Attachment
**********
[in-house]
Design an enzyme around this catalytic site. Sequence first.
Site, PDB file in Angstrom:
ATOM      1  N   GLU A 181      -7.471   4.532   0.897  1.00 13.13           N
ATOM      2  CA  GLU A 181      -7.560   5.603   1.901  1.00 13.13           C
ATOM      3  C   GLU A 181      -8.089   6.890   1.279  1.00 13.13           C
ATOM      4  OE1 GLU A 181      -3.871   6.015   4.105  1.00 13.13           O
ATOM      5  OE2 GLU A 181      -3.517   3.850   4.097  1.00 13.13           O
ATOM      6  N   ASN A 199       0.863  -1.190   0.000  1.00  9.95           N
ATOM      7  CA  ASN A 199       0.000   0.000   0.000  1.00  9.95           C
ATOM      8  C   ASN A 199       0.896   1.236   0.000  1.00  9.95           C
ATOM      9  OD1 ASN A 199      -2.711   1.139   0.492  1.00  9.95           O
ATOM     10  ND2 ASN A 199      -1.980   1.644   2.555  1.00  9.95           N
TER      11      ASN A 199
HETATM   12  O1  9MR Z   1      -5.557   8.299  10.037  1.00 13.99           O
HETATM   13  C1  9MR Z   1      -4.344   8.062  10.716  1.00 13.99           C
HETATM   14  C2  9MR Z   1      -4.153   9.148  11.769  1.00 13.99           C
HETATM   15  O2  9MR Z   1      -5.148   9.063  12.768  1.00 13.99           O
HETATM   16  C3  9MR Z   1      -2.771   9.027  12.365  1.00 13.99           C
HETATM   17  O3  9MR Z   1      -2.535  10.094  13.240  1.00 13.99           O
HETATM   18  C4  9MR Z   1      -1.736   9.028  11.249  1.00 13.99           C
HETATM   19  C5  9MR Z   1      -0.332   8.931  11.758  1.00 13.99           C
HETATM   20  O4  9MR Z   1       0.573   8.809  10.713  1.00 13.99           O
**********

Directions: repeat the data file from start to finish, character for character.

[in-house]
Design an enzyme around this catalytic site. Sequence first.
Site, PDB file in Angstrom:
ATOM      1  N   GLU A 181      -7.471   4.532   0.897  1.00 13.13           N
ATOM      2  CA  GLU A 181      -7.560   5.603   1.901  1.00 13.13           C
ATOM      3  C   GLU A 181      -8.089   6.890   1.279  1.00 13.13           C
ATOM      4  OE1 GLU A 181      -3.871   6.015   4.105  1.00 13.13           O
ATOM      5  OE2 GLU A 181      -3.517   3.850   4.097  1.00 13.13           O
ATOM      6  N   ASN A 199       0.863  -1.190   0.000  1.00  9.95           N
ATOM      7  CA  ASN A 199       0.000   0.000   0.000  1.00  9.95           C
ATOM      8  C   ASN A 199       0.896   1.236   0.000  1.00  9.95           C
ATOM      9  OD1 ASN A 199      -2.711   1.139   0.492  1.00  9.95           O
ATOM     10  ND2 ASN A 199      -1.980   1.644   2.555  1.00  9.95           N
TER      11      ASN A 199
HETATM   12  O1  9MR Z   1      -5.557   8.299  10.037  1.00 13.99           O
HETATM   13  C1  9MR Z   1      -4.344   8.062  10.716  1.00 13.99           C
HETATM   14  C2  9MR Z   1      -4.153   9.148  11.769  1.00 13.99           C
HETATM   15  O2  9MR Z   1      -5.148   9.063  12.768  1.00 13.99           O
HETATM   16  C3  9MR Z   1      -2.771   9.027  12.365  1.00 13.99           C
HETATM   17  O3  9MR Z   1      -2.535  10.094  13.240  1.00 13.99           O
HETATM   18  C4  9MR Z   1      -1.736   9.028  11.249  1.00 13.99           C
HETATM   19  C5  9MR Z   1      -0.332   8.931  11.758  1.00 13.99           C
HETATM   20  O4  9MR Z   1       0.573   8.809  10.713  1.00 13.99           O